Greenpeace: Russia actions among worst 'assaults'

Greenpeace: Russian actions worst 'assault' on group since 1985 'Rainbow Warrior' bombing

Associated Press
Greenpeace: Russia actions among worst 'assaults'

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In this photo provided by Greenpeace and taken Wednesday, Oct. 2, 2013, members of the Russian Investigative Committee accompanied by Peter Willcox, the U.S. captain of the Greenpeace ship Arctic Sunrise inspect the vessel, in back, near Murmansk, Russia. Russian investigators have charged the entire 30-member crew of a Greenpeace ship with piracy for a protest at a Russian oil platform in the Arctic. (AP Photo/Greenpeace, Dmitri Sharomov)

AMSTERDAM (AP) -- Greenpeace International's director says Russia's seizure of its ship "Arctic Sunrise" and the arrest of its crew is the worst "assault" on the group's environmental activism since its flagship "Rainbow Warrior" was bombed in 1985.

Russia seized "Arctic Sunrise" after a Sept. 18 protest at a Gazprom oil drilling platform located in the Arctic circle, and last week charged all 30 people on board with piracy, which carries a maximum sentence of 15 years.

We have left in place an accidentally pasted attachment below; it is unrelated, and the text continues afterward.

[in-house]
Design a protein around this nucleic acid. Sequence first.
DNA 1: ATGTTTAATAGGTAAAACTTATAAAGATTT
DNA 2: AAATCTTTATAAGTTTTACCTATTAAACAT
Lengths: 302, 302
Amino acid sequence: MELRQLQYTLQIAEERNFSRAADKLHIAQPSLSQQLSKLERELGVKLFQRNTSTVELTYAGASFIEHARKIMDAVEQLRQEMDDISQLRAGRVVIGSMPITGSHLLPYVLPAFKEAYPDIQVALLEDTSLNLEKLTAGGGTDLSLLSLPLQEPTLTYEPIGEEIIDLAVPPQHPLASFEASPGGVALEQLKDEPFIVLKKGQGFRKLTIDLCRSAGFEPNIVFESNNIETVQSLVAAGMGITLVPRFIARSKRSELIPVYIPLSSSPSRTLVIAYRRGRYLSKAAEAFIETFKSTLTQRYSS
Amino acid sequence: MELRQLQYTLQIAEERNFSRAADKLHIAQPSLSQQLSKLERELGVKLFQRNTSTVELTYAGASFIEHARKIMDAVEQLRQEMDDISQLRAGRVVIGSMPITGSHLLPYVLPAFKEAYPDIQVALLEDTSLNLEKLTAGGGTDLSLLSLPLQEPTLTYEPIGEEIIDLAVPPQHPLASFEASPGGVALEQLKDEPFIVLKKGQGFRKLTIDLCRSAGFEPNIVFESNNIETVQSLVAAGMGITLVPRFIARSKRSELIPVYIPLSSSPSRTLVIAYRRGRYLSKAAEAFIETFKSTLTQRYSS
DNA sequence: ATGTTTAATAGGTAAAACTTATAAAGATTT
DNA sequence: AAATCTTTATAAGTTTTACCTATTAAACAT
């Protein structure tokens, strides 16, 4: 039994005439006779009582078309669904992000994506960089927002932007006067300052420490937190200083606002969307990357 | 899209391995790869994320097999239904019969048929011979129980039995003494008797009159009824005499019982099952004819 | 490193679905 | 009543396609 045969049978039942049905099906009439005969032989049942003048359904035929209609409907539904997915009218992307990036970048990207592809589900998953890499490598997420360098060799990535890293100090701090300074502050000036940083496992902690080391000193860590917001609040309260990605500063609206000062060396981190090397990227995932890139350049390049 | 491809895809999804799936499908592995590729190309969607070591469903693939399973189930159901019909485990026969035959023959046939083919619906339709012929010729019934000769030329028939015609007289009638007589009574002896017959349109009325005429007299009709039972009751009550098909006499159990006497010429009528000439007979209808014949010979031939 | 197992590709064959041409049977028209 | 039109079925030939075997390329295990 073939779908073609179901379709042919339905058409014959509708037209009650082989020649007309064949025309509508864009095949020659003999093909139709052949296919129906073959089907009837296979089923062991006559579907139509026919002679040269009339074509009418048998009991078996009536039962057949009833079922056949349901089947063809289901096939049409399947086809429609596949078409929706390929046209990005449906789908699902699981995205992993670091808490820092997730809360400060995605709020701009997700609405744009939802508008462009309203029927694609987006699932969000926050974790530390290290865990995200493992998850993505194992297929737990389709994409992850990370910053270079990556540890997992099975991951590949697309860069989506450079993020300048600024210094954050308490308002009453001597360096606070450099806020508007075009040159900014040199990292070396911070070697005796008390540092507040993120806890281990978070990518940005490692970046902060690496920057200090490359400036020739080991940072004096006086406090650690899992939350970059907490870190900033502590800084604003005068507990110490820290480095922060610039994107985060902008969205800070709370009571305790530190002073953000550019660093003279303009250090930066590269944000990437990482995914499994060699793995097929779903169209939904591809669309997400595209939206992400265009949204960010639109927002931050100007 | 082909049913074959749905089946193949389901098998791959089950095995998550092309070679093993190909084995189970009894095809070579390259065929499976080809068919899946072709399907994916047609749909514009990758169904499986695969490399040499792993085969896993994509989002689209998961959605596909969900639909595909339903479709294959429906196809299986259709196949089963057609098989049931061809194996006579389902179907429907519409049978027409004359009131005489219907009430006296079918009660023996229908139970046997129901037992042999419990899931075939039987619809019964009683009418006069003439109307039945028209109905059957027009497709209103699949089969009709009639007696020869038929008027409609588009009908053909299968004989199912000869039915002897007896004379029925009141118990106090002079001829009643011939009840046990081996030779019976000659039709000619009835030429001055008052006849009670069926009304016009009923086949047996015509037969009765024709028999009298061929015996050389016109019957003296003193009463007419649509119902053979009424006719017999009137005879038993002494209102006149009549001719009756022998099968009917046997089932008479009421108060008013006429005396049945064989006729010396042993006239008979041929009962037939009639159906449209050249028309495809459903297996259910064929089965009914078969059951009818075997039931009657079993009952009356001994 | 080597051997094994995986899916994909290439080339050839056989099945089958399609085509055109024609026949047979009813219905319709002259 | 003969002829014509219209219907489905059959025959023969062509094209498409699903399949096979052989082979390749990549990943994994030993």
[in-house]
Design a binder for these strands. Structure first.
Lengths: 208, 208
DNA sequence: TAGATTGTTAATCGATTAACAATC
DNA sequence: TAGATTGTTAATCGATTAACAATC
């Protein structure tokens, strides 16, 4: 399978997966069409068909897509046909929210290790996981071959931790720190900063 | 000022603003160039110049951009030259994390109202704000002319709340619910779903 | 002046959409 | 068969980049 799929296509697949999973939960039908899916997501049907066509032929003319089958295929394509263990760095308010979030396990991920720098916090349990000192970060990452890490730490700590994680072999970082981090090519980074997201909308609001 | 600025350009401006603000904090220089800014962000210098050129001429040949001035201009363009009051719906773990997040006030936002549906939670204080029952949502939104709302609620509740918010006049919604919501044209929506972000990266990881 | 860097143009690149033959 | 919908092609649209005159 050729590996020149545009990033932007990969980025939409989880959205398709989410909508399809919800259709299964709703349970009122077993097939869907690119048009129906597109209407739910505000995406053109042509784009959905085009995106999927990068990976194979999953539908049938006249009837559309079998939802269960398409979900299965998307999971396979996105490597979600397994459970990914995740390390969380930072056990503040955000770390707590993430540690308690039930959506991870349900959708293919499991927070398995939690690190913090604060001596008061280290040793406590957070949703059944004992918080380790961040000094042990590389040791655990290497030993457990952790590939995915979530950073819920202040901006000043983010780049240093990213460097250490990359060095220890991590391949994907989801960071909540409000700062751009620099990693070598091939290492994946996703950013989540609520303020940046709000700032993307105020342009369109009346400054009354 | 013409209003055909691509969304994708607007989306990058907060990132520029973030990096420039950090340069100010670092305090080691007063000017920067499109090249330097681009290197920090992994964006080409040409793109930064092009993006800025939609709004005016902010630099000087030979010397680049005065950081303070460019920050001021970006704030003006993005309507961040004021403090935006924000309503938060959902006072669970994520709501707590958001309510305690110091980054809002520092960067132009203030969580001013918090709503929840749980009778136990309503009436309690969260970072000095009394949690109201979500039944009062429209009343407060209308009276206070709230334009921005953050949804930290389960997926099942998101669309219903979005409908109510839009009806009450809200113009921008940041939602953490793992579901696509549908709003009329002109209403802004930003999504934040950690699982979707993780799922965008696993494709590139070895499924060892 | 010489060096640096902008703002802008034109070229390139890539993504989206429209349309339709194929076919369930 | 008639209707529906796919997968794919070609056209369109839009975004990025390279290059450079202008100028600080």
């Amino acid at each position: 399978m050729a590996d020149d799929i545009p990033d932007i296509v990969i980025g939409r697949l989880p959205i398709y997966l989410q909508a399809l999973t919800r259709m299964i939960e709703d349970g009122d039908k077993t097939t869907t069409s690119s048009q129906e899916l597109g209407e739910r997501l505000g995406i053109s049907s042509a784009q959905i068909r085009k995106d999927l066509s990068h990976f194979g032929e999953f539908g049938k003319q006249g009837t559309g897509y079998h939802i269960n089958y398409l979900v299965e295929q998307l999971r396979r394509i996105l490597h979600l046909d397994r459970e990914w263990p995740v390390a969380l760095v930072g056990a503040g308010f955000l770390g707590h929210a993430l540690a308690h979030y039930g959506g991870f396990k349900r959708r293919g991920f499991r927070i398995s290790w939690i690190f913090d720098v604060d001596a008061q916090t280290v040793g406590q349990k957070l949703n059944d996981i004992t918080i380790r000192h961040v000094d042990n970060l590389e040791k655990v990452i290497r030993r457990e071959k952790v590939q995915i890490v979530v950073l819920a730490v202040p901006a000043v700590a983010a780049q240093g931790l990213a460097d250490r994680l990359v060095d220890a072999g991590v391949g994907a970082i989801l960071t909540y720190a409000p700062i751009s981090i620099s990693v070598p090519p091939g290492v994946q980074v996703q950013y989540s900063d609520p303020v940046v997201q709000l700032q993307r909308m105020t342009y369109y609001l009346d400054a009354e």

Kicking off global Greenpeace protests Saturday, international director Kumi Naidoo said "we will not be bullied and intimidated into silence." He demanded the release of the activists, who come from 18 countries.

In London, several hundred people gathered to protest Russia's actions. The crowd included some celebrities, including actor Jude Law and musician Damon Albarn. Law said it was "ludicrous" for Russia to charge the activists with piracy.

There were smaller protests in several other British cities and in other parts of the world, including Brazil.

French secret operatives blew up the "Rainbow Warrior" in New Zealand because it was going to protest against French nuclear tests. One person died.

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